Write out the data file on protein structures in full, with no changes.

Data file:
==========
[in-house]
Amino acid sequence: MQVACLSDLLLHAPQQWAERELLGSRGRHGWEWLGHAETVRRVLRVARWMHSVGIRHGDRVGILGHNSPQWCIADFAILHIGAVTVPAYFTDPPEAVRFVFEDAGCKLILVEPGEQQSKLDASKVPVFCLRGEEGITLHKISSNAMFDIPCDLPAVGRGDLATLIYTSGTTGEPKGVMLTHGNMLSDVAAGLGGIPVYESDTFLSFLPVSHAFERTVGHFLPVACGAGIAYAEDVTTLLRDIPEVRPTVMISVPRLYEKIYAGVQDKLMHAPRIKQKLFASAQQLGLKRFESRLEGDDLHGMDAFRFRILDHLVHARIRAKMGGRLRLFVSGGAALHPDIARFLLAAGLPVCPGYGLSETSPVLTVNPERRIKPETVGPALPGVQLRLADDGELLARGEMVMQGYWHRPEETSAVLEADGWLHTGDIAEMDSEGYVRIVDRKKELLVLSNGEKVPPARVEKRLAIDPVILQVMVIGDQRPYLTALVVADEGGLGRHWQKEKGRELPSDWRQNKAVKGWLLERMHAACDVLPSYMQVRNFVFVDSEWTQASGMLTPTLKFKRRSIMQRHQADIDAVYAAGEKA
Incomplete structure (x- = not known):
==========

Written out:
[in-house]
Amino acid sequence: MQVACLSDLLLHAPQQWAERELLGSRGRHGWEWLGHAETVRRVLRVARWMHSVGIRHGDRVGILGHNSPQWCIADFAILHIGAVTVPAYFTDPPEAVRFVFEDAGCKLILVEPGEQQSKLDASKVPVFCLRGEEGITLHKISSNAMFDIPCDLPAVGRGDLATLIYTSGTTGEPKGVMLTHGNMLSDVAAGLGGIPVYESDTFLSFLPVSHAFERTVGHFLPVACGAGIAYAEDVTTLLRDIPEVRPTVMISVPRLYEKIYAGVQDKLMHAPRIKQKLFASAQQLGLKRFESRLEGDDLHGMDAFRFRILDHLVHARIRAKMGGRLRLFVSGGAALHPDIARFLLAAGLPVCPGYGLSETSPVLTVNPERRIKPETVGPALPGVQLRLADDGELLARGEMVMQGYWHRPEETSAVLEADGWLHTGDIAEMDSEGYVRIVDRKKELLVLSNGEKVPPARVEKRLAIDPVILQVMVIGDQRPYLTALVVADEGGLGRHWQKEKGRELPSDWRQNKAVKGWLLERMHAACDVLPSYMQVRNFVFVDSEWTQASGMLTPTLKFKRRSIMQRHQADIDAVYAAGEKA
Incomplete structure (x- = not known):